June 25th, 2012 by Hasham
Breast Cancer Surgery Options
Simple or Total Mastectomy
The entire breast is removed, but no lymph nodes are removed in a simple or total mastectomy. Simple mastectomy is most frequently used for further cancer prevention or when the cancer does not go to the lymph nodes.
Modified Radical Mastectomy
During a modified radical mastectomy, the surgeon removes all of the breast tissue along with the nipple. Lymph nodes in the armpit are also removed. The chest muscles are left intact. For many patients, mastectomy is accompanied by either an immediate or delayed breast reconstruction. This can be done quite effectively using either breast implants or the patient’s own tissue — usually from the lower abdomen.
For a radical mastectomy, the surgeon removes all of the breast tissue along with the nipple, lymph nodes in the armpit, and chest wall muscles under the breast. This procedure is rarely performed today because modified radical mastectomy has proved to be as effective, and is less disfiguring.
There is also the option of a skin-sparing mastectomy in which the surgeon removed the nipple and areola and the area where the tumor was removed. This procedure helps facilitate breast reconstruction without affecting the outcome of the disease.
You should thoroughly discuss these surgical options with your surgeon to achieve the best outcome. Whichever type of surgery is your best option, you will be able to return home after a short stay in the hospital.
How Long Will I Be in the Hospital?
The length of stay in the hospital varies depending on the type of surgery performed. Generally, lumpectomies are done on an outpatient basis, with the patient recovering in a 24-hour short-stay observation unit after the procedure.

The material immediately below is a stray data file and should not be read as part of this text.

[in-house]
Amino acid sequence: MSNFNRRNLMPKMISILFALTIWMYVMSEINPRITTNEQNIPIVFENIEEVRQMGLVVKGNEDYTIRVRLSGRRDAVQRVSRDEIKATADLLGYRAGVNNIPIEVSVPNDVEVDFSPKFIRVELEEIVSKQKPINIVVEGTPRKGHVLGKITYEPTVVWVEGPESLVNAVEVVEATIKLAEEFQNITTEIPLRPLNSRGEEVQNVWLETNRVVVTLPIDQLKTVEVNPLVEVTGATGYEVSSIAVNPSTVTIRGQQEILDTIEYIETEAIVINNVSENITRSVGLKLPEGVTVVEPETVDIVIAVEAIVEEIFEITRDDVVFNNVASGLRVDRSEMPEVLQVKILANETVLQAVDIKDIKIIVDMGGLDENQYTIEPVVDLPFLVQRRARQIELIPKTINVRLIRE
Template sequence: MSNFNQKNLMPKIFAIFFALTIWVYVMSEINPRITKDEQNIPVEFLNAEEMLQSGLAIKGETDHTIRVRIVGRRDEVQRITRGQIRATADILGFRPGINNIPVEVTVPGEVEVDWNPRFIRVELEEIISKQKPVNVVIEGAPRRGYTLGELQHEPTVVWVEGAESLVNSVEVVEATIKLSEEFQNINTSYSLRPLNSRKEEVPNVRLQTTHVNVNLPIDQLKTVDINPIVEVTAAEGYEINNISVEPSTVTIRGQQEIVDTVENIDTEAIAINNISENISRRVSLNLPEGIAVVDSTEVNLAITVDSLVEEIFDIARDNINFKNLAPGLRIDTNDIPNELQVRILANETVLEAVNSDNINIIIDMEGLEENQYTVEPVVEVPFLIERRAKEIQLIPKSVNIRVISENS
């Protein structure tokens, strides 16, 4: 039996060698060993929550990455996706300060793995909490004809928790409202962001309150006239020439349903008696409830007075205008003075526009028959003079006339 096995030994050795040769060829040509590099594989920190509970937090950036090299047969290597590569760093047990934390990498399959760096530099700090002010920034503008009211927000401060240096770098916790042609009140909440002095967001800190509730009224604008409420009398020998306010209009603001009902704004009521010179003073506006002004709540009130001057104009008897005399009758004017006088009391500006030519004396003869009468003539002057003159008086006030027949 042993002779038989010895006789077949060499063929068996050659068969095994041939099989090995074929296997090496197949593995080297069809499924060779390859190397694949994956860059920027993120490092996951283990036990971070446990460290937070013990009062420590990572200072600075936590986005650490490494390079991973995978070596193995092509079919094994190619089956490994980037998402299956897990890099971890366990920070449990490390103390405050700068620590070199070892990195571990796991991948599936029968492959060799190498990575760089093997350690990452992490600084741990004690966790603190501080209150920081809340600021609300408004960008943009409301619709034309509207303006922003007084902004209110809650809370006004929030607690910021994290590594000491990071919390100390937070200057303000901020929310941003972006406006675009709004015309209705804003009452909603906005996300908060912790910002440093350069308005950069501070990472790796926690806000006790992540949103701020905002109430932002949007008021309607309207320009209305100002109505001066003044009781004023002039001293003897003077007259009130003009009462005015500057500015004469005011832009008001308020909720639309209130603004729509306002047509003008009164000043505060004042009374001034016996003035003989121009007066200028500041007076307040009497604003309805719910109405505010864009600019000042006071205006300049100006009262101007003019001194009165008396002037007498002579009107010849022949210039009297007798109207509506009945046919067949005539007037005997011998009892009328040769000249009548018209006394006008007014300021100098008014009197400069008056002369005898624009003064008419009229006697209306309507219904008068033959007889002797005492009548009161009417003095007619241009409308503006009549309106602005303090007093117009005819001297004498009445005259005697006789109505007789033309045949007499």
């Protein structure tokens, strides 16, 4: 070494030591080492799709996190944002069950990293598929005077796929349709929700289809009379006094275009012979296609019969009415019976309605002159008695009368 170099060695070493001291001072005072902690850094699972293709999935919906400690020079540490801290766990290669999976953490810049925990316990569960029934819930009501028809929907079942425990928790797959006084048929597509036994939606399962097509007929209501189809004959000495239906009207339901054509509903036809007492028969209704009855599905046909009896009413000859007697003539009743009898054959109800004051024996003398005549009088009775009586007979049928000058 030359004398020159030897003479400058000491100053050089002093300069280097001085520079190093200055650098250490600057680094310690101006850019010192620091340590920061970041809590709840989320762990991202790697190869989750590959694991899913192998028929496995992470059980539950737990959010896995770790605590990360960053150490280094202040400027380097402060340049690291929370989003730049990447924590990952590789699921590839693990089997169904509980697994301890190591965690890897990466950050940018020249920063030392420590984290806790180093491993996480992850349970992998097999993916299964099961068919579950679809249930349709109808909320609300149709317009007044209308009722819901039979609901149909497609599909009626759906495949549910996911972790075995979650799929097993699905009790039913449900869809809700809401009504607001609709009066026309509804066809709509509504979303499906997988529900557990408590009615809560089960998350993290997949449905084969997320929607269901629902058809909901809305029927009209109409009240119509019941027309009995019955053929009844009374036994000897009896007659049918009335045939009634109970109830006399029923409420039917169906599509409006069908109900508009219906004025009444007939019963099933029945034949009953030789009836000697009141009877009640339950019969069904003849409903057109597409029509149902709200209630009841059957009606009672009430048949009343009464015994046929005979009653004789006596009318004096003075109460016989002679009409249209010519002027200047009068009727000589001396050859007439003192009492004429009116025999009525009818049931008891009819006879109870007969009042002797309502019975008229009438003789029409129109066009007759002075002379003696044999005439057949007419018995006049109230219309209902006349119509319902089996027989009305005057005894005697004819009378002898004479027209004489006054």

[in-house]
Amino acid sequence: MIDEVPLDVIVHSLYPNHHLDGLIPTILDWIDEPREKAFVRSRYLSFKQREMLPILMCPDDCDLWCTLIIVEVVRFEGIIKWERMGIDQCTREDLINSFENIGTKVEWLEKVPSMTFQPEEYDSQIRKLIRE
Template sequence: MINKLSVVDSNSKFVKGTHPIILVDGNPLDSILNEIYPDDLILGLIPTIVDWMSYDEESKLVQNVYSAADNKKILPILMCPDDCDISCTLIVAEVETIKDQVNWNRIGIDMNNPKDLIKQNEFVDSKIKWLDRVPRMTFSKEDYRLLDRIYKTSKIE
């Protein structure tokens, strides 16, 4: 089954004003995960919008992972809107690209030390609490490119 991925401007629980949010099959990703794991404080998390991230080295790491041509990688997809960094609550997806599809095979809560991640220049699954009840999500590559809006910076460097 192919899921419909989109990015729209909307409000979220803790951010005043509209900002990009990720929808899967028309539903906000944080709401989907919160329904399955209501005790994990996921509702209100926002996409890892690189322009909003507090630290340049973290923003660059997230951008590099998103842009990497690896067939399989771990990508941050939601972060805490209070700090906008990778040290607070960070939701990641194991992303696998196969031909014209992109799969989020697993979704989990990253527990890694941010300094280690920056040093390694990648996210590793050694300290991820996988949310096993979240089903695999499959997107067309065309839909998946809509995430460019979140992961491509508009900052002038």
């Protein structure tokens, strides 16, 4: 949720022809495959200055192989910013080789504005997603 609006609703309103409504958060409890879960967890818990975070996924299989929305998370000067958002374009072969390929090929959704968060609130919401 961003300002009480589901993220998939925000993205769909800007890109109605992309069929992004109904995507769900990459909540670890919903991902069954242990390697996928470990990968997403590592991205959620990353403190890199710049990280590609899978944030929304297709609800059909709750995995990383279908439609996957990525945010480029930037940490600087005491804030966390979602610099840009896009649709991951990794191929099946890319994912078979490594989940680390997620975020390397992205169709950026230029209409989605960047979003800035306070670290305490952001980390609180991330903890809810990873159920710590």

Mastectomies or lymph node removal surgery usually require a one- to two-night stay in the hospital.
Breast Cancer Surgery – Your Options and Decisions
Once you have a diagnosis of breast cancer, you and your doctor will discuss your options for surgery. It can be a difficult decision, but asking good questions and knowing your options can help. Remember that surgery is often the first treatment you will use to attack breast cancer, so choose the most effective method for you.
Checking Your Lymph Nodes
You will need to know whether or not the cancer has traveled beyond your breast. One way to test for this is to examine your lymph nodes. There are two surgeries that accomplish this, both of which share a potential side effect:
Making Your Surgery Decisions
Once you have your comprehensive diagnosis, it’s time to sort your options for surgery. Ask your surgeon all the questions that are important to you, consider your priorities, and make your choice.
Therapeutic Breast Surgery
Breast cancer surgery is done to prevent cancer recurrence. The goal is to remove the tumor so that it won’t reappear in your breast or spread to other parts of your body. You may have several choices for breast surgery, depending on the size of the tumor, the type of cancer, and the size of your breast.
Navigating Breast Cancer Surgery and Recovery
Now that you’ve made your decision, schedule your surgery and then begin to prepare yourself. Check with your insurance provider, pack your things, and collect all your comfy pillows. Make sure you know the sick leave policies at your workplace, and talk with your supervisor.
Next Steps in Your Journey
After you recover from surgery, you may need additional treatments to lower your risk of recurrence. Be sure to take a break between surgery and radiation or chemotherapy. Use the time to learn more about what to expect during your treatments. Gather supportive people around you, and spend time with those you love. Most of all, take it easy as you recover from surgery.